In the post-apocalyptic novel,” Station Eleven”, by Emily St. John Mandel.The world has collapsed in the book, the story is mainly focused on a group of young adults who call themselves, The Symphony. The group tends to travel a lot in search for items that can help their memories but, they also take it upon themselves to keep acting in plays alive. Of course, on this journey that can seem to lead to nowhere but danger, the characters face many challenges such as loneliness and both good and hurtful memories from the past. Memories can hold a lot of power to oneself. Emily St. John Mandel uses her novel to show readers how important it can be to preserve what matters to someone and how it can add on to history.
One of the most difficult challenges that the characters must face in this new harsh reality of theirs is how lonely they truly are. After the destruction of the Georgia Flu, the cities and towns that were once well known became fictitious. What was once civilization, became small settlements. “You’re not from around here, are you?” in various accents, these encounters interspersed with moving trucks. If it was hard to break into new places then, in that ludicrously easy world where food was on shelves in supermarkets and travel was as easy as taking a seat in a gasoline-powered machine and water came out of taps, it was several orders of magnitude more difficult now. The Symphony was insufferable, hell was other flutes or other people or whoever had used the last of the rosin or whoever missed the most rehearsals, but the truth was that the symphony was their only home” (Mandel, Chapter 10 pg 48) Of course, loneliness affects people differently. Some may prefer to be alone but, others might find it hard to accept that this is what the rest of their life will consist of, of no family and no place to call their own. Just imagine a life where one day you’re able to make your own cooked meal, and then the next day suddenly needing to manhunt for something to eat, or a safe location to sleep. But, the absence of family and a home brings The Symphony closer together, and at the end, that’s what truly matters. “Hell is the absence of the people you long for” (Mandel, Chapter 23 pg 144) What mattered now are the people that they got to share their life with, and the new beginnings that were created.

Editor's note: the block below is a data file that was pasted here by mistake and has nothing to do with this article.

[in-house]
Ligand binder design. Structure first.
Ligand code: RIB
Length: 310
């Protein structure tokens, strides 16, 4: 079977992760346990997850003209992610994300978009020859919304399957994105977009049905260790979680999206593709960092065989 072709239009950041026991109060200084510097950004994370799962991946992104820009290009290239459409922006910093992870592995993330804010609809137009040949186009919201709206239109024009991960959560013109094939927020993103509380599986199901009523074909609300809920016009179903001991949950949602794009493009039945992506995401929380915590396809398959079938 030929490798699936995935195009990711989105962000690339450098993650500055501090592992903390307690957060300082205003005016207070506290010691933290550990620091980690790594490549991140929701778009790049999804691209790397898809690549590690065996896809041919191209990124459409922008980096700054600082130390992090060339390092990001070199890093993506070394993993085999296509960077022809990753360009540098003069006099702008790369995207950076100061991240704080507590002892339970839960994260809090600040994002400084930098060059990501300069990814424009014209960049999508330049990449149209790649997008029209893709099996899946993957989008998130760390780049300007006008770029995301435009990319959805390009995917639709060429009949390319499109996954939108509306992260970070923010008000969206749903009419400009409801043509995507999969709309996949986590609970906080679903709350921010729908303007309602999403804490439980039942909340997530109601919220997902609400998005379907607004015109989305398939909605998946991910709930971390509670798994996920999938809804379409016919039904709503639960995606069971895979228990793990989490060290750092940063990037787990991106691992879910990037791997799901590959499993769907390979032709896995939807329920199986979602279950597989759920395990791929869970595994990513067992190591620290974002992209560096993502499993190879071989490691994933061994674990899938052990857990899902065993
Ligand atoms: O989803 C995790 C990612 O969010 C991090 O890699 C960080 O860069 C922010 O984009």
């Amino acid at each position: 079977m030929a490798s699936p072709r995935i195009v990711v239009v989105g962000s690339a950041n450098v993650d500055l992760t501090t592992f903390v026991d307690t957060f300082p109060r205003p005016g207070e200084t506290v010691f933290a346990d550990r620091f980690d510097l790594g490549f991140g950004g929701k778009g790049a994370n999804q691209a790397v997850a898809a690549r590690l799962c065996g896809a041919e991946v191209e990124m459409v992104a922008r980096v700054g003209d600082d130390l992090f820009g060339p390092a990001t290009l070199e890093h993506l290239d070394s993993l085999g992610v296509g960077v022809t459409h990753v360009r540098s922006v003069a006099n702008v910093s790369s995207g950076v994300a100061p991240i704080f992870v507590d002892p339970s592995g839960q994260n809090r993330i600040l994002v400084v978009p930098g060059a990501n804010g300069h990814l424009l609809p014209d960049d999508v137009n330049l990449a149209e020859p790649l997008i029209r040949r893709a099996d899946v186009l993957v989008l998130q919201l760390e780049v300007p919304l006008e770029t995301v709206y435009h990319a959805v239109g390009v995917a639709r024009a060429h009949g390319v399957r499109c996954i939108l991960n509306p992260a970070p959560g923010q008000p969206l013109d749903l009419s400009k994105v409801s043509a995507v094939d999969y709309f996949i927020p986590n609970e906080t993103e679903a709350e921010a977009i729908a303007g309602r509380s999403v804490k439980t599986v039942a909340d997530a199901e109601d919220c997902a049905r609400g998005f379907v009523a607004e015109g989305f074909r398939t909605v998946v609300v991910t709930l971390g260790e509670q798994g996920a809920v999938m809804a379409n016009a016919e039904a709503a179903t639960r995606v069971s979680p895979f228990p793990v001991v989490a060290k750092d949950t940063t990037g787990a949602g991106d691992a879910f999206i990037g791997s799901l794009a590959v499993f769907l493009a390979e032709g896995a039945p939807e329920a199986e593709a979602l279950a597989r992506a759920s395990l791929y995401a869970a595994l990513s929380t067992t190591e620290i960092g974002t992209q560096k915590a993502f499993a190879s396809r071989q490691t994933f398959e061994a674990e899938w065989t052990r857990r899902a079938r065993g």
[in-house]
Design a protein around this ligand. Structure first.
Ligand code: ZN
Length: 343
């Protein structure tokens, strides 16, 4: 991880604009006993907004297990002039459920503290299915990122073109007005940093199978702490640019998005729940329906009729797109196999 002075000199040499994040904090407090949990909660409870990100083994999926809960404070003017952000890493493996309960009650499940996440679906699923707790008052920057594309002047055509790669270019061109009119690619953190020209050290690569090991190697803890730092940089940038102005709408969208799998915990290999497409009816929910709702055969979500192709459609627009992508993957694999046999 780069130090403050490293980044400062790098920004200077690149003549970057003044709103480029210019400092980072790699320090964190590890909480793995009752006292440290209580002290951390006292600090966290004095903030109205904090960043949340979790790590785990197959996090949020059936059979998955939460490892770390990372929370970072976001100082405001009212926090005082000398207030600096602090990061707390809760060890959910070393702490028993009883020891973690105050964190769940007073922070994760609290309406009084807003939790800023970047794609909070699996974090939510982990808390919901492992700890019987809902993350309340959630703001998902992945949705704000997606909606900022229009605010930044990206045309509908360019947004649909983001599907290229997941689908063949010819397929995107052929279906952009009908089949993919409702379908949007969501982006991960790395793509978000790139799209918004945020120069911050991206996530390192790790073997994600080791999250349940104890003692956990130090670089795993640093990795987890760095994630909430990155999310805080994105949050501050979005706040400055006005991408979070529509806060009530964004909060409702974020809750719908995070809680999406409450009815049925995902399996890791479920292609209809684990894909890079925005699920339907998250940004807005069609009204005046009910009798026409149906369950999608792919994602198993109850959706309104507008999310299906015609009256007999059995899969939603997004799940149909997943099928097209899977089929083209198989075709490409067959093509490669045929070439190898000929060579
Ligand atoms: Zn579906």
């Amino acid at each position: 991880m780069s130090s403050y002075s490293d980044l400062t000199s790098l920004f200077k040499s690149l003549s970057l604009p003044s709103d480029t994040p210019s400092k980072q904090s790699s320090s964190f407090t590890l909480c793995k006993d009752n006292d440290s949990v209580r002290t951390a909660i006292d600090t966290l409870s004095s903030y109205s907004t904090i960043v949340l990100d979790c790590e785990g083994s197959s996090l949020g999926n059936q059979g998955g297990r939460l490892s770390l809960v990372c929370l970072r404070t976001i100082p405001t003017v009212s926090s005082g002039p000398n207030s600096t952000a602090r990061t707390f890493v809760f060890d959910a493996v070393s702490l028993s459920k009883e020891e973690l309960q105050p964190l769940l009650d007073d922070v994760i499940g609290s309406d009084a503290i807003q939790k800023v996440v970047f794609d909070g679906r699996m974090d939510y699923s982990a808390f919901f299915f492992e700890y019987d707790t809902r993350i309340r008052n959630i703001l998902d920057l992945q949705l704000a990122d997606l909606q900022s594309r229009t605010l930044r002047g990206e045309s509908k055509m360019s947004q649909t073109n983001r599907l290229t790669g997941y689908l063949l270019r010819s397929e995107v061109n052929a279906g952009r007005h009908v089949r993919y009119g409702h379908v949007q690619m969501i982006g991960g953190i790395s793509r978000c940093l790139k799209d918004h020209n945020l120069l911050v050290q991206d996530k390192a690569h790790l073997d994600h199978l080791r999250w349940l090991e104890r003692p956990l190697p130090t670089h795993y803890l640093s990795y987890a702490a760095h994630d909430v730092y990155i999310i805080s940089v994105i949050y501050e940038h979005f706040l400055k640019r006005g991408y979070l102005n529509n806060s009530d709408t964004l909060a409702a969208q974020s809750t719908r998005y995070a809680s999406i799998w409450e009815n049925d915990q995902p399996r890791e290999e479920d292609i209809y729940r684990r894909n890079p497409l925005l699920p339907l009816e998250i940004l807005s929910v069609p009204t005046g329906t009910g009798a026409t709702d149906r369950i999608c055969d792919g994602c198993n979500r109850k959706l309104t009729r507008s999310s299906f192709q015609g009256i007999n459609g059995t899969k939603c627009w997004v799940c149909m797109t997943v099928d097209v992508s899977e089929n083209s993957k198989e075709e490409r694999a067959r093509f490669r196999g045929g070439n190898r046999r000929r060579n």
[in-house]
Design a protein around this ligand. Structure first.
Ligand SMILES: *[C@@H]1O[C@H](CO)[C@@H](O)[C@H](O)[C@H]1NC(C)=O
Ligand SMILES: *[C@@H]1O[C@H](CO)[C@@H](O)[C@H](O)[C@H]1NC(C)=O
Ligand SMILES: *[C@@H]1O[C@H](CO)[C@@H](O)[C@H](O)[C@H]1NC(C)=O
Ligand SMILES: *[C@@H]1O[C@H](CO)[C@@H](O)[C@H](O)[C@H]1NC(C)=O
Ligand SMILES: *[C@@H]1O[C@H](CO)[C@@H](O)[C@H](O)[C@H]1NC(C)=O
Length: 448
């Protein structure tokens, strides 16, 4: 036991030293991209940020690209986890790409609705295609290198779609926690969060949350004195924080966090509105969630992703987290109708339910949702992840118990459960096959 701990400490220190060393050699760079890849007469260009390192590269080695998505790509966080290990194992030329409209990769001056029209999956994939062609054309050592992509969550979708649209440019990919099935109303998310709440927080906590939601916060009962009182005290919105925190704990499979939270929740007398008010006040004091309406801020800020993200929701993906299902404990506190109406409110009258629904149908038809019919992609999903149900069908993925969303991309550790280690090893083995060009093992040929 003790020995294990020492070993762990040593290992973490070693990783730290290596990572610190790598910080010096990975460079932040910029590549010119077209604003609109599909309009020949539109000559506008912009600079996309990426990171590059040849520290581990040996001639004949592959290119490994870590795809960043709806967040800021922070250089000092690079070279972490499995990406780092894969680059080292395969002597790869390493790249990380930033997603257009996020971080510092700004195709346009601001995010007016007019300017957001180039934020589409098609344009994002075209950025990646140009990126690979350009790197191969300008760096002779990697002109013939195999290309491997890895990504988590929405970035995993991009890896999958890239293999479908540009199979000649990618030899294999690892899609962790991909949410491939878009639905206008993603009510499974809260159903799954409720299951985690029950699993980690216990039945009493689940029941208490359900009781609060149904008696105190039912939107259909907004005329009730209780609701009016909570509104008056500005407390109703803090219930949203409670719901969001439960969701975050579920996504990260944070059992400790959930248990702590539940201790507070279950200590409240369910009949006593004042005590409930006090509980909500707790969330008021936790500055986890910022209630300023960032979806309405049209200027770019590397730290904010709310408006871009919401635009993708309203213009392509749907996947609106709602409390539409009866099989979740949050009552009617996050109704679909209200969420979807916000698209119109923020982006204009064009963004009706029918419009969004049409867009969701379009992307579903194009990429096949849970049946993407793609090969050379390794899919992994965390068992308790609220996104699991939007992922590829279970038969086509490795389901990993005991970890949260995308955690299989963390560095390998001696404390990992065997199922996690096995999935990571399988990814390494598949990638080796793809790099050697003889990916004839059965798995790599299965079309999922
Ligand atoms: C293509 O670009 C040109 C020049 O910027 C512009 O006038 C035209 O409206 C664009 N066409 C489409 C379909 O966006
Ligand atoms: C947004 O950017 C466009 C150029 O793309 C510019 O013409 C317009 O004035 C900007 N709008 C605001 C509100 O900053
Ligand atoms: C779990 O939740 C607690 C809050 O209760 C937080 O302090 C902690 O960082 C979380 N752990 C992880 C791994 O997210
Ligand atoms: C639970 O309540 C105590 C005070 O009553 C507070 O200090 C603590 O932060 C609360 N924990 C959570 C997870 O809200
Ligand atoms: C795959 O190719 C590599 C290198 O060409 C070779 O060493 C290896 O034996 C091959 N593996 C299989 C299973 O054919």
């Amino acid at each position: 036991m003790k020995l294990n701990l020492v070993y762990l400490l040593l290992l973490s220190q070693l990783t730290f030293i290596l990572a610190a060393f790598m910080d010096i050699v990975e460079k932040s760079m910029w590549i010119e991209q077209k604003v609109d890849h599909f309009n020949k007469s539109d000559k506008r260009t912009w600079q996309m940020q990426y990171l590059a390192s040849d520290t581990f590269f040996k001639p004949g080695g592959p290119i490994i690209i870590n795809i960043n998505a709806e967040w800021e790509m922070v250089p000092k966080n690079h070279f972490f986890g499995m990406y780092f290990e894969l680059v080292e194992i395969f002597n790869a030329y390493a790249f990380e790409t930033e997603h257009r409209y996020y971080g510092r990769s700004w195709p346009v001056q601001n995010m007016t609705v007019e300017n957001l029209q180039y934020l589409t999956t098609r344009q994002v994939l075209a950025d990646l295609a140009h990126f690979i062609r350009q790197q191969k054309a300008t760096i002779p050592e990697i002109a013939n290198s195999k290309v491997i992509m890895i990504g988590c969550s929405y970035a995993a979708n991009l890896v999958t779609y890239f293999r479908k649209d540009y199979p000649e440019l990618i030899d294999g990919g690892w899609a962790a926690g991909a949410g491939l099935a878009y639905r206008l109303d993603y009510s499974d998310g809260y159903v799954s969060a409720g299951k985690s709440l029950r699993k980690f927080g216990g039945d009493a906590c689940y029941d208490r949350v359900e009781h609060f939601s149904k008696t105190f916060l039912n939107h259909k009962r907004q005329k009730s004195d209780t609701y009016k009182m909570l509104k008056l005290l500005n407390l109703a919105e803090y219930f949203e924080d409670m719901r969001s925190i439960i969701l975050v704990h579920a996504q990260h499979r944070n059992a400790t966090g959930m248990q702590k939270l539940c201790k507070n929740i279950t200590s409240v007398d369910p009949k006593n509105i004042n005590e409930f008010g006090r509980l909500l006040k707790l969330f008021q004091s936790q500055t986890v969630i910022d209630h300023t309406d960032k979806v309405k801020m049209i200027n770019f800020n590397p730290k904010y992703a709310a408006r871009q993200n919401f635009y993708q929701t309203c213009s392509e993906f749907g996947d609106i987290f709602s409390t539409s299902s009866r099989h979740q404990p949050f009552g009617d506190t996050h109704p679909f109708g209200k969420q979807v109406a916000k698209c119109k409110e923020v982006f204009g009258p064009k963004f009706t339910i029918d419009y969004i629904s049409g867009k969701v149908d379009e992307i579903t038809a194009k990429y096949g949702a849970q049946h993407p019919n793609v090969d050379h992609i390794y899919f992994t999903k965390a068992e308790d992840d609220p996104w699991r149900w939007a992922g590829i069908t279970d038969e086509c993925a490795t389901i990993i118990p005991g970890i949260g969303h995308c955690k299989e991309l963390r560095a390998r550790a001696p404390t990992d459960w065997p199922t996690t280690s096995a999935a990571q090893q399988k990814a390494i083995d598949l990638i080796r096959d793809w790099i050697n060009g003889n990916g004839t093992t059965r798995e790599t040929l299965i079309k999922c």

Memories can be people’s salvation. In the novel, Clark creates the museum of civilization in order to preserve the old world and the importance it once had. “There seemed to be a limitless number of objects in the world that had no practical use but that people wanted to preserve: cell phones with their delicate buttons, iPads, Tyler’s Nintendo console, a selection of laptops. There were a number of impractical shoes, stilettos mostly, beautiful and strange…..Traders brought things for Clark sometimes, objects of no real value that they knew her would like: magazines and newspapers, a stamp collection, coins. There were the passports or the driver’s licenses or sometimes the credit cards of people who had lived at the airport and then died. Clark kept impeccable records”(Mandel, Chapter 44 pg 258) Clark preserves such items to help him and the survivors who lived before the collapse of what the world was once like. It is painful for those that have lost communication with their families but, now the younger generation may know what a cell phone is, and a laptop. The memories of the past have used a form of art here, and history. One can say that the passports are what citizens would use to cross to other countries etc, But now there are no borders, and there are no airplanes. And, although these items have no practical use, it helps bring people and their memories together in the attempt to make their new world a better place.
For my essay I will be mostly focusing on one’s memories and if it either has a positive outcome to remember such things or a negative outcome. My evidence will probably change but, in the meantime this is it.